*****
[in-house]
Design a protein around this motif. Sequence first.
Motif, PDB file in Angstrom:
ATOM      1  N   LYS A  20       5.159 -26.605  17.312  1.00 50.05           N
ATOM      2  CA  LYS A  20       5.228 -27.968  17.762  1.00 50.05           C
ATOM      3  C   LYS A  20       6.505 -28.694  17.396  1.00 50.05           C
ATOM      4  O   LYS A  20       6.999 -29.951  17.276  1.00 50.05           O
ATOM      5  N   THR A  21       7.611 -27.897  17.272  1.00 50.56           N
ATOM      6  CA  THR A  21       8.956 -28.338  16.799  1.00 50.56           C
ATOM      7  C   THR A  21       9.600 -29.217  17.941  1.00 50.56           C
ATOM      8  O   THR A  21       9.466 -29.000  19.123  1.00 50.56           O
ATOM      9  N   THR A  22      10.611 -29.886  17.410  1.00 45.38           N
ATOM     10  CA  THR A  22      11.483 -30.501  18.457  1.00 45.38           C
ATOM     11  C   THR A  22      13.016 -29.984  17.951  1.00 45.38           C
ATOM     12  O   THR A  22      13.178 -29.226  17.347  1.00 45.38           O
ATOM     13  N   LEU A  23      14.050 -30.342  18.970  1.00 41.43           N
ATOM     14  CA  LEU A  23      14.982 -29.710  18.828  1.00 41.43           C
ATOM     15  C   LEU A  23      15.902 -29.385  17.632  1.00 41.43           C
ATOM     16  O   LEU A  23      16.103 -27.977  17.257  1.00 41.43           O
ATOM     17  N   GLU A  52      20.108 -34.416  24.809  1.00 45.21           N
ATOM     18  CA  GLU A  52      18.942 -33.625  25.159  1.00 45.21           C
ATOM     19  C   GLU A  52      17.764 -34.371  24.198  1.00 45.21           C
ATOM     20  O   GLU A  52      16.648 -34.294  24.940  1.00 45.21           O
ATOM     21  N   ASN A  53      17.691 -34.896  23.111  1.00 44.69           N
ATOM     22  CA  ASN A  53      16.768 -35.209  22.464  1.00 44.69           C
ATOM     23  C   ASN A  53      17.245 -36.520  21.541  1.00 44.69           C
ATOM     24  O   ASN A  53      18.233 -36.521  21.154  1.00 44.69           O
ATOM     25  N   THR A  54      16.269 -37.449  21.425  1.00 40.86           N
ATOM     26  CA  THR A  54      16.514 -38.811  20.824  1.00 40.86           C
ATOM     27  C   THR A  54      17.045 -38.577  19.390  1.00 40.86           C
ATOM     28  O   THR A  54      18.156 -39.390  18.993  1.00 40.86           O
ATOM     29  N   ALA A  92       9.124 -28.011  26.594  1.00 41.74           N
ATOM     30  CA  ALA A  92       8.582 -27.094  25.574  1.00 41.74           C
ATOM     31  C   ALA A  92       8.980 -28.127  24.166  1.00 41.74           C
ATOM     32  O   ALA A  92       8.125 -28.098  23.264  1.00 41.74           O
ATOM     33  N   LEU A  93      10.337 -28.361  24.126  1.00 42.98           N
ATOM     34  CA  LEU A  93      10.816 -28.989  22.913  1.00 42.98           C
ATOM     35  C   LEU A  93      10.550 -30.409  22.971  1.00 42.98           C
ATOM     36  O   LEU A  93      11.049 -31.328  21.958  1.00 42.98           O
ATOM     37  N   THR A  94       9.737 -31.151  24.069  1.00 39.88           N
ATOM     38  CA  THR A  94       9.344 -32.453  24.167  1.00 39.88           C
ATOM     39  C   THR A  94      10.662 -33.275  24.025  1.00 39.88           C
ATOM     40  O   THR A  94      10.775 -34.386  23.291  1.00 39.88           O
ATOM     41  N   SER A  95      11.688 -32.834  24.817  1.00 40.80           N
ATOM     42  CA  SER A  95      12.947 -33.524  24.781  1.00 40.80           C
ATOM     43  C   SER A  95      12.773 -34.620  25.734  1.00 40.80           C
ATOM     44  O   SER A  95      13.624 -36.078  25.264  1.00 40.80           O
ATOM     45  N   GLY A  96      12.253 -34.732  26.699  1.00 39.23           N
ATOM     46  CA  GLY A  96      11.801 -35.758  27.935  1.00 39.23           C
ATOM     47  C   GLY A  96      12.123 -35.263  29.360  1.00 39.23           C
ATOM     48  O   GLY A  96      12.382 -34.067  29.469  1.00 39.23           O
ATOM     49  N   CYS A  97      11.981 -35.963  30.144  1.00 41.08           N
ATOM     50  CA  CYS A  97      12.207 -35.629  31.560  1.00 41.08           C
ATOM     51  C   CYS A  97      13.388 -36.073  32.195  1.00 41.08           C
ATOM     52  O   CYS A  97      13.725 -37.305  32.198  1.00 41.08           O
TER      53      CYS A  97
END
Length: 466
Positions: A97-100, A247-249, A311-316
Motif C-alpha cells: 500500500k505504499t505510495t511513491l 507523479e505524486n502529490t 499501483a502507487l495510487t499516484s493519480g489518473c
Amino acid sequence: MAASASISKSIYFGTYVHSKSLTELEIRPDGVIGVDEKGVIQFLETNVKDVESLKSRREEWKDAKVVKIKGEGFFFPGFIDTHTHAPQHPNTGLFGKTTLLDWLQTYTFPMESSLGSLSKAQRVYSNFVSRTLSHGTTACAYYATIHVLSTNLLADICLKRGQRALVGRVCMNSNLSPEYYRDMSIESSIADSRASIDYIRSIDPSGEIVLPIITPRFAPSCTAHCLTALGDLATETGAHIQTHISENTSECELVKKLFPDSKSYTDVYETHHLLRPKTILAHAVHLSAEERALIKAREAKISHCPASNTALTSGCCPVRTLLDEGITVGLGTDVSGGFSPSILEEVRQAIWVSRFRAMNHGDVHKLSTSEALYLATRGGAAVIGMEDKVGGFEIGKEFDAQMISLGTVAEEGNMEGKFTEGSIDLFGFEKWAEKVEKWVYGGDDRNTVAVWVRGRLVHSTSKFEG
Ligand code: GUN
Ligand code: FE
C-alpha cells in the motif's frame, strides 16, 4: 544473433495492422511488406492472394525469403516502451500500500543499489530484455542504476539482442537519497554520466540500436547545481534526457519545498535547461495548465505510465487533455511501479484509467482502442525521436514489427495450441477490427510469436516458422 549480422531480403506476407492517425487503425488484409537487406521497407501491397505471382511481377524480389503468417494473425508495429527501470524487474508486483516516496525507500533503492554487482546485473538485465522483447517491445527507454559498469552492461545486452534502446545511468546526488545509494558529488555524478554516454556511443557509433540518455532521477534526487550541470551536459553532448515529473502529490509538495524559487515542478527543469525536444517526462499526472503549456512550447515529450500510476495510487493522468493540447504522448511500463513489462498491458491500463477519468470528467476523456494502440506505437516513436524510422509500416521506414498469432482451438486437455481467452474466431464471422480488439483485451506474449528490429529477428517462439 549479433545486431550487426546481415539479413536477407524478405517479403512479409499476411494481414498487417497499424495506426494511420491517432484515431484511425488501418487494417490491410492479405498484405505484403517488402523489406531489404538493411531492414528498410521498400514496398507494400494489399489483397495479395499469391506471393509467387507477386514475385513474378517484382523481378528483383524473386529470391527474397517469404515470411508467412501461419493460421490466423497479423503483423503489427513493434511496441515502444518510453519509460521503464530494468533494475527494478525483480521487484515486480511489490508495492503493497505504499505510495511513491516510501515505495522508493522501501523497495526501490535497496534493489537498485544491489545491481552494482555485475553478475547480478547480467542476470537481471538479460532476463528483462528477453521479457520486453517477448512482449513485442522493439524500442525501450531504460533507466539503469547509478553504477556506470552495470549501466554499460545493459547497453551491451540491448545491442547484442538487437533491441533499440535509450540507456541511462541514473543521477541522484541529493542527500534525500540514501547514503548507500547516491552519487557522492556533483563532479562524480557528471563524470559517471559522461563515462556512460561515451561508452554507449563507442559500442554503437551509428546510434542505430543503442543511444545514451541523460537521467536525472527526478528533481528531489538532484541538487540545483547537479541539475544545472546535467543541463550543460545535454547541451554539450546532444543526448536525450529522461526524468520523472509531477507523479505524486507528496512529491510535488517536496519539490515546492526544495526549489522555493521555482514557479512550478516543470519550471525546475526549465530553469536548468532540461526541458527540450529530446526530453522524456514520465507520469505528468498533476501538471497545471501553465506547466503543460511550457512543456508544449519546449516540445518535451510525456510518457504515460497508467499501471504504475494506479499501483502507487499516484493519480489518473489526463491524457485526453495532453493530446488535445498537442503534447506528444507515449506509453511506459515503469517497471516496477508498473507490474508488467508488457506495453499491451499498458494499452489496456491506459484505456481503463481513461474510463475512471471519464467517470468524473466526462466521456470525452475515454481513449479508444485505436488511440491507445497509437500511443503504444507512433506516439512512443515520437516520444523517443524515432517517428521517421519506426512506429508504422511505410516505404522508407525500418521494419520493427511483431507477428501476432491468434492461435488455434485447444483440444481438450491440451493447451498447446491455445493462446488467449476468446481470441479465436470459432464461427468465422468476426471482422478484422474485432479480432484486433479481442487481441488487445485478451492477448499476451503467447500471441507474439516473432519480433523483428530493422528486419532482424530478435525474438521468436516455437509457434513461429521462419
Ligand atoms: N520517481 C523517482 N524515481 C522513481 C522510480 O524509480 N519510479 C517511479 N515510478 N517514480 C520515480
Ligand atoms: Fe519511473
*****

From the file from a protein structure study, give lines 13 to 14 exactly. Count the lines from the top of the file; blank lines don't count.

ATOM     10  CA  THR A  22      11.483 -30.501  18.457  1.00 45.38           C
ATOM     11  C   THR A  22      13.016 -29.984  17.951  1.00 45.38           C